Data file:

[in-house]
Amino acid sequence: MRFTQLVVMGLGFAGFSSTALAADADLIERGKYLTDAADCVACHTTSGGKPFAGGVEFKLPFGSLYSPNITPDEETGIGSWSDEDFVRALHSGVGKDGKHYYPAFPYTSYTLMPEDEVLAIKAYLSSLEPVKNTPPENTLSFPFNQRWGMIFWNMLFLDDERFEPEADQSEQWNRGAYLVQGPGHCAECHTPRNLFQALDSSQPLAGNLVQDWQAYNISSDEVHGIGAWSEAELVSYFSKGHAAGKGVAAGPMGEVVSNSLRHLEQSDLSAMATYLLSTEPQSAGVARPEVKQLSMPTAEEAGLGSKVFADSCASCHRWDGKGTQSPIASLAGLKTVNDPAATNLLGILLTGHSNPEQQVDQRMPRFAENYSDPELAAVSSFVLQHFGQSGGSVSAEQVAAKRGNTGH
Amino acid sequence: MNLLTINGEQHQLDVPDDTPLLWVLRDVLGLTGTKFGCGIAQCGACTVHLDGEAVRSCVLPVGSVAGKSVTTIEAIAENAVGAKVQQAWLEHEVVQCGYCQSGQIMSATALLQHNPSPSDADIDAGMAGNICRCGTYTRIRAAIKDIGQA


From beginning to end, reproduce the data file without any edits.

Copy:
[in-house]
Amino acid sequence: MRFTQLVVMGLGFAGFSSTALAADADLIERGKYLTDAADCVACHTTSGGKPFAGGVEFKLPFGSLYSPNITPDEETGIGSWSDEDFVRALHSGVGKDGKHYYPAFPYTSYTLMPEDEVLAIKAYLSSLEPVKNTPPENTLSFPFNQRWGMIFWNMLFLDDERFEPEADQSEQWNRGAYLVQGPGHCAECHTPRNLFQALDSSQPLAGNLVQDWQAYNISSDEVHGIGAWSEAELVSYFSKGHAAGKGVAAGPMGEVVSNSLRHLEQSDLSAMATYLLSTEPQSAGVARPEVKQLSMPTAEEAGLGSKVFADSCASCHRWDGKGTQSPIASLAGLKTVNDPAATNLLGILLTGHSNPEQQVDQRMPRFAENYSDPELAAVSSFVLQHFGQSGGSVSAEQVAAKRGNTGH
Amino acid sequence: MNLLTINGEQHQLDVPDDTPLLWVLRDVLGLTGTKFGCGIAQCGACTVHLDGEAVRSCVLPVGSVAGKSVTTIEAIAENAVGAKVQQAWLEHEVVQCGYCQSGQIMSATALLQHNPSPSDADIDAGMAGNICRCGTYTRIRAAIKDIGQA